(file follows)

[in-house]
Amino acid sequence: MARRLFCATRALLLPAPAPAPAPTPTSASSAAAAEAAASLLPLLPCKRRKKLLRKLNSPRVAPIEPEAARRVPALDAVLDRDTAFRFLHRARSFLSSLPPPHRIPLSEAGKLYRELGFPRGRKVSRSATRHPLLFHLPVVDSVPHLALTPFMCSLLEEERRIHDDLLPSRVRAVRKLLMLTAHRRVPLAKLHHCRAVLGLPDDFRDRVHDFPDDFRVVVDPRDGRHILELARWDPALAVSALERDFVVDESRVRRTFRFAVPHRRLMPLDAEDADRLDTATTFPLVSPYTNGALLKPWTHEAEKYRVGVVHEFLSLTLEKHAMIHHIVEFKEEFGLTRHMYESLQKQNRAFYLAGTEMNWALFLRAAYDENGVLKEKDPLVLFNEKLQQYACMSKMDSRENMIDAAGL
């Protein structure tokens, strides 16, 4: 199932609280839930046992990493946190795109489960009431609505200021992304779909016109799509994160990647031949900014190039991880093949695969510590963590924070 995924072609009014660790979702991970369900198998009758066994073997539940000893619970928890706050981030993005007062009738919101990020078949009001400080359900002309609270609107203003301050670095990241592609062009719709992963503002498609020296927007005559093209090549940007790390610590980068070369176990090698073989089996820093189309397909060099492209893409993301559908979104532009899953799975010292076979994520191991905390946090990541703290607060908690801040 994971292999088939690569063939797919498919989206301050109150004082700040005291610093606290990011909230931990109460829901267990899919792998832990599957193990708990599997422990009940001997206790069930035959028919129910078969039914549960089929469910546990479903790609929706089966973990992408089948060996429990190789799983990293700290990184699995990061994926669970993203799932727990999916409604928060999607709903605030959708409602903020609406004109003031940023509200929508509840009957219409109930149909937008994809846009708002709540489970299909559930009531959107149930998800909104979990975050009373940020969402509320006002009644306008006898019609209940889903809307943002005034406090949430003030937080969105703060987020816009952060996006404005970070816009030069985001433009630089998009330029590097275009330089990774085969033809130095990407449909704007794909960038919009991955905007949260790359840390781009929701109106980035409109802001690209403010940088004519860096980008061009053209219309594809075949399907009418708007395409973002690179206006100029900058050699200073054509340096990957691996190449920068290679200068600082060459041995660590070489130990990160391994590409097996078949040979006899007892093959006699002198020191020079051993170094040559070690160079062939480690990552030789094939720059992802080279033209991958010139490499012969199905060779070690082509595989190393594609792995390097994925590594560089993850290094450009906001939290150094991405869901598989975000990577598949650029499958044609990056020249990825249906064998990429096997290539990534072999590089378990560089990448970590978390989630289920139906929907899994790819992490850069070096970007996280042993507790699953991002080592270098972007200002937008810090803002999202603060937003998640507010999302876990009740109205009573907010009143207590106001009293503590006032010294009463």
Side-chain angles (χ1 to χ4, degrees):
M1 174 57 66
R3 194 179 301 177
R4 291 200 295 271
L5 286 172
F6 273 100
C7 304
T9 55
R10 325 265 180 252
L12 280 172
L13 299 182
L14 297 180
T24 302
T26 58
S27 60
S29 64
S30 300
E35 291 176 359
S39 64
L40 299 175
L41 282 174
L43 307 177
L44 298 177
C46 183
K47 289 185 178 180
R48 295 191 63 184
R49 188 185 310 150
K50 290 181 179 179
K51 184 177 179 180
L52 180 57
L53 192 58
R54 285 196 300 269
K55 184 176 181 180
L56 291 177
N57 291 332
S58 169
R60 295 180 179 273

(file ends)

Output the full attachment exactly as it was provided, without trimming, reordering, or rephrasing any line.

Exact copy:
[in-house]
Amino acid sequence: MARRLFCATRALLLPAPAPAPAPTPTSASSAAAAEAAASLLPLLPCKRRKKLLRKLNSPRVAPIEPEAARRVPALDAVLDRDTAFRFLHRARSFLSSLPPPHRIPLSEAGKLYRELGFPRGRKVSRSATRHPLLFHLPVVDSVPHLALTPFMCSLLEEERRIHDDLLPSRVRAVRKLLMLTAHRRVPLAKLHHCRAVLGLPDDFRDRVHDFPDDFRVVVDPRDGRHILELARWDPALAVSALERDFVVDESRVRRTFRFAVPHRRLMPLDAEDADRLDTATTFPLVSPYTNGALLKPWTHEAEKYRVGVVHEFLSLTLEKHAMIHHIVEFKEEFGLTRHMYESLQKQNRAFYLAGTEMNWALFLRAAYDENGVLKEKDPLVLFNEKLQQYACMSKMDSRENMIDAAGL
């Protein structure tokens, strides 16, 4: 199932609280839930046992990493946190795109489960009431609505200021992304779909016109799509994160990647031949900014190039991880093949695969510590963590924070 995924072609009014660790979702991970369900198998009758066994073997539940000893619970928890706050981030993005007062009738919101990020078949009001400080359900002309609270609107203003301050670095990241592609062009719709992963503002498609020296927007005559093209090549940007790390610590980068070369176990090698073989089996820093189309397909060099492209893409993301559908979104532009899953799975010292076979994520191991905390946090990541703290607060908690801040 994971292999088939690569063939797919498919989206301050109150004082700040005291610093606290990011909230931990109460829901267990899919792998832990599957193990708990599997422990009940001997206790069930035959028919129910078969039914549960089929469910546990479903790609929706089966973990992408089948060996429990190789799983990293700290990184699995990061994926669970993203799932727990999916409604928060999607709903605030959708409602903020609406004109003031940023509200929508509840009957219409109930149909937008994809846009708002709540489970299909559930009531959107149930998800909104979990975050009373940020969402509320006002009644306008006898019609209940889903809307943002005034406090949430003030937080969105703060987020816009952060996006404005970070816009030069985001433009630089998009330029590097275009330089990774085969033809130095990407449909704007794909960038919009991955905007949260790359840390781009929701109106980035409109802001690209403010940088004519860096980008061009053209219309594809075949399907009418708007395409973002690179206006100029900058050699200073054509340096990957691996190449920068290679200068600082060459041995660590070489130990990160391994590409097996078949040979006899007892093959006699002198020191020079051993170094040559070690160079062939480690990552030789094939720059992802080279033209991958010139490499012969199905060779070690082509595989190393594609792995390097994925590594560089993850290094450009906001939290150094991405869901598989975000990577598949650029499958044609990056020249990825249906064998990429096997290539990534072999590089378990560089990448970590978390989630289920139906929907899994790819992490850069070096970007996280042993507790699953991002080592270098972007200002937008810090803002999202603060937003998640507010999302876990009740109205009573907010009143207590106001009293503590006032010294009463």
Side-chain angles (χ1 to χ4, degrees):
M1 174 57 66
R3 194 179 301 177
R4 291 200 295 271
L5 286 172
F6 273 100
C7 304
T9 55
R10 325 265 180 252
L12 280 172
L13 299 182
L14 297 180
T24 302
T26 58
S27 60
S29 64
S30 300
E35 291 176 359
S39 64
L40 299 175
L41 282 174
L43 307 177
L44 298 177
C46 183
K47 289 185 178 180
R48 295 191 63 184
R49 188 185 310 150
K50 290 181 179 179
K51 184 177 179 180
L52 180 57
L53 192 58
R54 285 196 300 269
K55 184 176 181 180
L56 291 177
N57 291 332
S58 169
R60 295 180 179 273